UK citizens must exchange their driving licence within 185 days of receiving a residence permit and can do so through their local gemeente or council. International Driving Permits are not accepted and cannot be used as a substitute for a Dutch licence.
While the roads and motorways around the major cities are well maintained, the Netherlands has a higher rate of road deaths than the UK, and drivers must always carry their licence, insurance documents, vehicle registration paperwork and photo ID.
Cost Of Living
Living costs in the Netherlands are high, and general consumer prices are 9.9 per cent more expensive than in the UK, with the average rental price 9.8 per cent higher. An individual will need a budget of roughly €911 (£803) per month, excluding rent, and a family of four people, approximately €3,170 (£2,796) to enjoy a comfortable standard of living.
Amsterdam is the most expensive place to live in the Netherlands and costs more than Brussels or Berlin, but overall is considered more affordable than London or Paris. Many expats choose to live outside of Amsterdam, often in one of the closeby municipalities like Amstelveen.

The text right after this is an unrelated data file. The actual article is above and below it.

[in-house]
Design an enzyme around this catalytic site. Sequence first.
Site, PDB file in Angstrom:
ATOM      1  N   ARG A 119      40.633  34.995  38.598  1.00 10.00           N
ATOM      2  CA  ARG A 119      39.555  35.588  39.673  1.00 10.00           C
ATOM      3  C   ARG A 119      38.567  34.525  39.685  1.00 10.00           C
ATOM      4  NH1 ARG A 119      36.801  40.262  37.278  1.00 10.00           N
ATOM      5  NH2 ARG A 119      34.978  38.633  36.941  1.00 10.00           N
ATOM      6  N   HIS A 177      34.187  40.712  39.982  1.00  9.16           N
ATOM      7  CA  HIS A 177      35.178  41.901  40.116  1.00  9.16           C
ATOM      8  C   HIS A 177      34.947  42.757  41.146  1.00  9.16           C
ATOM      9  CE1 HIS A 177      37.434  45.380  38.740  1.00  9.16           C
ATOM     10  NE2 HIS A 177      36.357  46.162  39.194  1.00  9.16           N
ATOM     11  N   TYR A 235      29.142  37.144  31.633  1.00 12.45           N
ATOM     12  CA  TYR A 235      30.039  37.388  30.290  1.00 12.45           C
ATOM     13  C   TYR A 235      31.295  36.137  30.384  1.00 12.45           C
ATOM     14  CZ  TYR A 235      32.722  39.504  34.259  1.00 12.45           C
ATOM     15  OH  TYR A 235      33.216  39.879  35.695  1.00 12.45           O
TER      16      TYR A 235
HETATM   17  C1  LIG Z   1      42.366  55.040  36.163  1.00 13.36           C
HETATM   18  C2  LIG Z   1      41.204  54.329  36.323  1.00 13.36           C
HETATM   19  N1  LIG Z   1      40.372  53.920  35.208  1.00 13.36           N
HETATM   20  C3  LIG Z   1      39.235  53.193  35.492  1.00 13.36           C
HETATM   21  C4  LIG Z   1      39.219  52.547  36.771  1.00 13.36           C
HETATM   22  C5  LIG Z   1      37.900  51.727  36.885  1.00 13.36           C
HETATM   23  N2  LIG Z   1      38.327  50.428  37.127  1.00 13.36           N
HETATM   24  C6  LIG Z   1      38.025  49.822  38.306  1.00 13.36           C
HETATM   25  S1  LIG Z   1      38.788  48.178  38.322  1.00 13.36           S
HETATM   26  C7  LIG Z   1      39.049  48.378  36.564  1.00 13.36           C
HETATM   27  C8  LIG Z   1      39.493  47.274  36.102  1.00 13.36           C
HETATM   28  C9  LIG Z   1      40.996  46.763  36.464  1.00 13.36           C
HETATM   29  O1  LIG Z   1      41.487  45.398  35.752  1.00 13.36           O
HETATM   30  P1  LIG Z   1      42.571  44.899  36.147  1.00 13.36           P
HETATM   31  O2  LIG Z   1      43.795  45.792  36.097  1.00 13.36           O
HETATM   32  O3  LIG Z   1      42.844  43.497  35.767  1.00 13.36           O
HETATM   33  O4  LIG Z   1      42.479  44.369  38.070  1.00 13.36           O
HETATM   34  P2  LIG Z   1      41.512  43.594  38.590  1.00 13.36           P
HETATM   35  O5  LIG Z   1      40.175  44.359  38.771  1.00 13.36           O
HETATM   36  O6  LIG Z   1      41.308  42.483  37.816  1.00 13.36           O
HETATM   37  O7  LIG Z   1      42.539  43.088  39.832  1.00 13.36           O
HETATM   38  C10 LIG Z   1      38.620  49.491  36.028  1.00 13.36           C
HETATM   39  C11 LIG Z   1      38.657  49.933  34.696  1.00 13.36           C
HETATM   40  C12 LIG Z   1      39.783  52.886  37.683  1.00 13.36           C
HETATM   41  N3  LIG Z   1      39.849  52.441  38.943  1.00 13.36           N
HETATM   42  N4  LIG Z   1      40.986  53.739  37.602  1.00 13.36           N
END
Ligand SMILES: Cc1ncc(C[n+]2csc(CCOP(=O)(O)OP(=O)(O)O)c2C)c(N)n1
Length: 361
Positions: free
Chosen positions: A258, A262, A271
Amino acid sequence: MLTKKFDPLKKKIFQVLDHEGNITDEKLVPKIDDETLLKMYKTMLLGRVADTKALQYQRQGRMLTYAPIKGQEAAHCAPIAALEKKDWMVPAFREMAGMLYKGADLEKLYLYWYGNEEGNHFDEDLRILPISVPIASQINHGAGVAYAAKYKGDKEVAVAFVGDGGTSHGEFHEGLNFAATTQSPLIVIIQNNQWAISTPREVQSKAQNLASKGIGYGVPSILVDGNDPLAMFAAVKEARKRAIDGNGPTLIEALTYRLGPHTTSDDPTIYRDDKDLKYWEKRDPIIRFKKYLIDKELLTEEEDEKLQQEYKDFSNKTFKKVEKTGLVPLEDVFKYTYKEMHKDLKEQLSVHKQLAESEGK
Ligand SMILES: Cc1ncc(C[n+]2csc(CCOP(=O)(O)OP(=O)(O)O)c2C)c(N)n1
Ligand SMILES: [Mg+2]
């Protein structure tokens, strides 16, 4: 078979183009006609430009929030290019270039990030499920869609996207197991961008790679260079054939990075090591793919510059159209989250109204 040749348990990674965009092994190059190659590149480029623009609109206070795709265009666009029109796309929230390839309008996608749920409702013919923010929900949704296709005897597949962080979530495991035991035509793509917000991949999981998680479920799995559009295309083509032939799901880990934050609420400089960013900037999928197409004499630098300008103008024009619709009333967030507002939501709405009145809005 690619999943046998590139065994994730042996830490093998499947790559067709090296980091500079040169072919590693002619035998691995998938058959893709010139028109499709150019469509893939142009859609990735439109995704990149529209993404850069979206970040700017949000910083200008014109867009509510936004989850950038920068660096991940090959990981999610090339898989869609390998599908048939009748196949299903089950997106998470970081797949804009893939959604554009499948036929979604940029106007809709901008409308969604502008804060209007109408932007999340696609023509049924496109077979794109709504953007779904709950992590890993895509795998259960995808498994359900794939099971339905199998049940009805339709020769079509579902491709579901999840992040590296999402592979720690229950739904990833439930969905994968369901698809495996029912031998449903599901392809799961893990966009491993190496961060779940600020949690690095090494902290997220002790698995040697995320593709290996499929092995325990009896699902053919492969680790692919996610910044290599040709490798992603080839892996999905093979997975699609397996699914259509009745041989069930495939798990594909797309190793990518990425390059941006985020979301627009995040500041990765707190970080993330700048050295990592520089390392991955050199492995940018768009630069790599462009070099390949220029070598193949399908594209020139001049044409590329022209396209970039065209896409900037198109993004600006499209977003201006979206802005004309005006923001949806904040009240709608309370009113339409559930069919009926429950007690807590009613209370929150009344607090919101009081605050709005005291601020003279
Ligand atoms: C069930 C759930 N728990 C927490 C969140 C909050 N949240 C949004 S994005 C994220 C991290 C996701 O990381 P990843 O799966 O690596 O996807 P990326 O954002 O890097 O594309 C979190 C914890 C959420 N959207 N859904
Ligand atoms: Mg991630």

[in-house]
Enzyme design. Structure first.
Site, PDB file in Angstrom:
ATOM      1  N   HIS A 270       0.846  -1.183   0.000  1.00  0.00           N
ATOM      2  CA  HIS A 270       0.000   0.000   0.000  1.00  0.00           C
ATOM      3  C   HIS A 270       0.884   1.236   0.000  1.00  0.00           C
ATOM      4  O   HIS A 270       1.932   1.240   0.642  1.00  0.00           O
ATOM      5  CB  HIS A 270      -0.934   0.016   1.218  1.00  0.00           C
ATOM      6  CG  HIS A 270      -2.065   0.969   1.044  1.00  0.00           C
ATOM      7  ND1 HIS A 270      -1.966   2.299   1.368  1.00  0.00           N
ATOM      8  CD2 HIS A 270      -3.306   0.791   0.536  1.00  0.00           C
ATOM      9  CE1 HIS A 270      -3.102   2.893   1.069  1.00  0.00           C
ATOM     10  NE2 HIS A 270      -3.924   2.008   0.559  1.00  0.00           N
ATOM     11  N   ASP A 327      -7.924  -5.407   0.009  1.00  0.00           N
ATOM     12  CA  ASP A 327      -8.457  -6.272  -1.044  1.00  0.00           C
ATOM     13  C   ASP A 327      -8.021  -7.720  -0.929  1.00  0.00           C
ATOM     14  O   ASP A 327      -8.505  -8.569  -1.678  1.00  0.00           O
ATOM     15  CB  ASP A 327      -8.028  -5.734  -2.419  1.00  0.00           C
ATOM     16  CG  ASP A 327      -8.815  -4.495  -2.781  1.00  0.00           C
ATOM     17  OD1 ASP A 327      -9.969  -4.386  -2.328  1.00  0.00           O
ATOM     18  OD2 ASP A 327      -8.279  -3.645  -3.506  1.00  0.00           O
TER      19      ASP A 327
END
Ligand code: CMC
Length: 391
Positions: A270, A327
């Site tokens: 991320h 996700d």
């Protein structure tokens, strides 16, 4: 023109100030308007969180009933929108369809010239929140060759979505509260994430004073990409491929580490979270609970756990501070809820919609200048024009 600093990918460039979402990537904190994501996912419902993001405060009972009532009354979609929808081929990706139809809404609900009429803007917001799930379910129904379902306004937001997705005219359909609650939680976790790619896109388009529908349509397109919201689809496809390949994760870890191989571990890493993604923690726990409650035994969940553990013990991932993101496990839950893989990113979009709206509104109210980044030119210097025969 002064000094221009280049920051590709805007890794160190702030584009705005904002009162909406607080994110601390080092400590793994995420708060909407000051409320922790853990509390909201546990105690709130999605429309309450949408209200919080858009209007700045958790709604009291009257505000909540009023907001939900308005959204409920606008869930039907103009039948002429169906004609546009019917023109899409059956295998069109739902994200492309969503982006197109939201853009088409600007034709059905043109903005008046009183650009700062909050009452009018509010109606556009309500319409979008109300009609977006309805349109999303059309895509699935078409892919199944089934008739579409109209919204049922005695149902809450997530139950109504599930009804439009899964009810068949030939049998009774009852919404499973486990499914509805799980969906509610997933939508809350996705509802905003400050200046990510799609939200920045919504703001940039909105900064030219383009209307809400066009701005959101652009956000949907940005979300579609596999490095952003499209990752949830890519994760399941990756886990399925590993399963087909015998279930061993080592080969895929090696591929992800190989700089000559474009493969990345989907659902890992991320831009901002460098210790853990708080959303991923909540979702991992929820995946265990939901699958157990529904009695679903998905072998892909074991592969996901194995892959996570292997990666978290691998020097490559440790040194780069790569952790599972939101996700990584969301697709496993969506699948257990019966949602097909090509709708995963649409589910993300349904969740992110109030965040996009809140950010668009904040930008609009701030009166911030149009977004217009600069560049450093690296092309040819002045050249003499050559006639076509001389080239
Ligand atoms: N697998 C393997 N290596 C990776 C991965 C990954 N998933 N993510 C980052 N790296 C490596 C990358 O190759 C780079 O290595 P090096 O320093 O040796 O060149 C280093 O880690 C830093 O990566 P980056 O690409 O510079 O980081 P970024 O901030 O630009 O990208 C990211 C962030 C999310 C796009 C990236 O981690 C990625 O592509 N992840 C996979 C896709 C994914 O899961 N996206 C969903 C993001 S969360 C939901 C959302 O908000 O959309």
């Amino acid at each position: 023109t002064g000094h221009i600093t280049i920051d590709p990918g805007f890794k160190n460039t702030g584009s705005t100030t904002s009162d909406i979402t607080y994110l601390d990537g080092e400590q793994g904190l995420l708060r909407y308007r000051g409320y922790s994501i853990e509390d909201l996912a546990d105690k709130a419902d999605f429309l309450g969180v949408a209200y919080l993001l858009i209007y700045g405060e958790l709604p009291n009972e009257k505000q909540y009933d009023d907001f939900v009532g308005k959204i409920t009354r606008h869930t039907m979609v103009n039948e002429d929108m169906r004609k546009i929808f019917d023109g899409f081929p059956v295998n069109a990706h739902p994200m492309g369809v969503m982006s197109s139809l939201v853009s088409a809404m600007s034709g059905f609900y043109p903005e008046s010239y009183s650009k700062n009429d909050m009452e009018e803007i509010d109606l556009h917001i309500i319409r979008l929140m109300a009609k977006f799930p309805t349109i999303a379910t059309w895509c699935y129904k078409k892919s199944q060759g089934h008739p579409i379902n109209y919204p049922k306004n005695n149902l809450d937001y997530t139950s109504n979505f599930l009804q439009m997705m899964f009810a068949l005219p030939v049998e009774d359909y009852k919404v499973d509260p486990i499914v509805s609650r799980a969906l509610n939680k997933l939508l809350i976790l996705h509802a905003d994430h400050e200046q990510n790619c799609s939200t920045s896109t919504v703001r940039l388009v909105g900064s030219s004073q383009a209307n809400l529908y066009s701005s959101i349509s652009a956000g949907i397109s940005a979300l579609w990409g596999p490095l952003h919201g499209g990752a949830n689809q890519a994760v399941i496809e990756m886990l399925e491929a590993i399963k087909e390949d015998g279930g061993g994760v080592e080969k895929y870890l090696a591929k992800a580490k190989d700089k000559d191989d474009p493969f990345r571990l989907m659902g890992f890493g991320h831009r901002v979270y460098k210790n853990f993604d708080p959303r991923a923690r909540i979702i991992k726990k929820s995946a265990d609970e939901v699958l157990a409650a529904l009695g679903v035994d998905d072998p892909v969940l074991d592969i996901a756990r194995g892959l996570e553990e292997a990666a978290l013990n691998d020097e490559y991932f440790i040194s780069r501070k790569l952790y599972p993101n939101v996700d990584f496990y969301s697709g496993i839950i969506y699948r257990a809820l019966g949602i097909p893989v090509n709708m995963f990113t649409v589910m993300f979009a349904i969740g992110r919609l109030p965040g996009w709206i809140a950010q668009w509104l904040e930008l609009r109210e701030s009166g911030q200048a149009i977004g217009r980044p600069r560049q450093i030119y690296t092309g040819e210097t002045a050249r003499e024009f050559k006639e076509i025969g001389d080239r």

Much depends on where you live or work. Rotterdam is roughly 25 per cent cheaper than London, and The Hague is 26 per cent more affordable. Other cities and regions such as Delft, Groningen and Haarlem are all less expensive than Amsterdam, primarily due to lower accommodation costs.
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Buying Or Renting A Home
Renting a property rather than buying is common, with around 42 per cent of all Dutch housing on the rental market. Some areas have restrictions and offer low-cost housing but only to people with a link to the city or region, such as those working nearby, having relatives in the area, or having been born there.
Property types vary from apartments, townhouses, and semi-detached and detached homes, and you can also find more unusual accommodations available to rent, such as houseboats.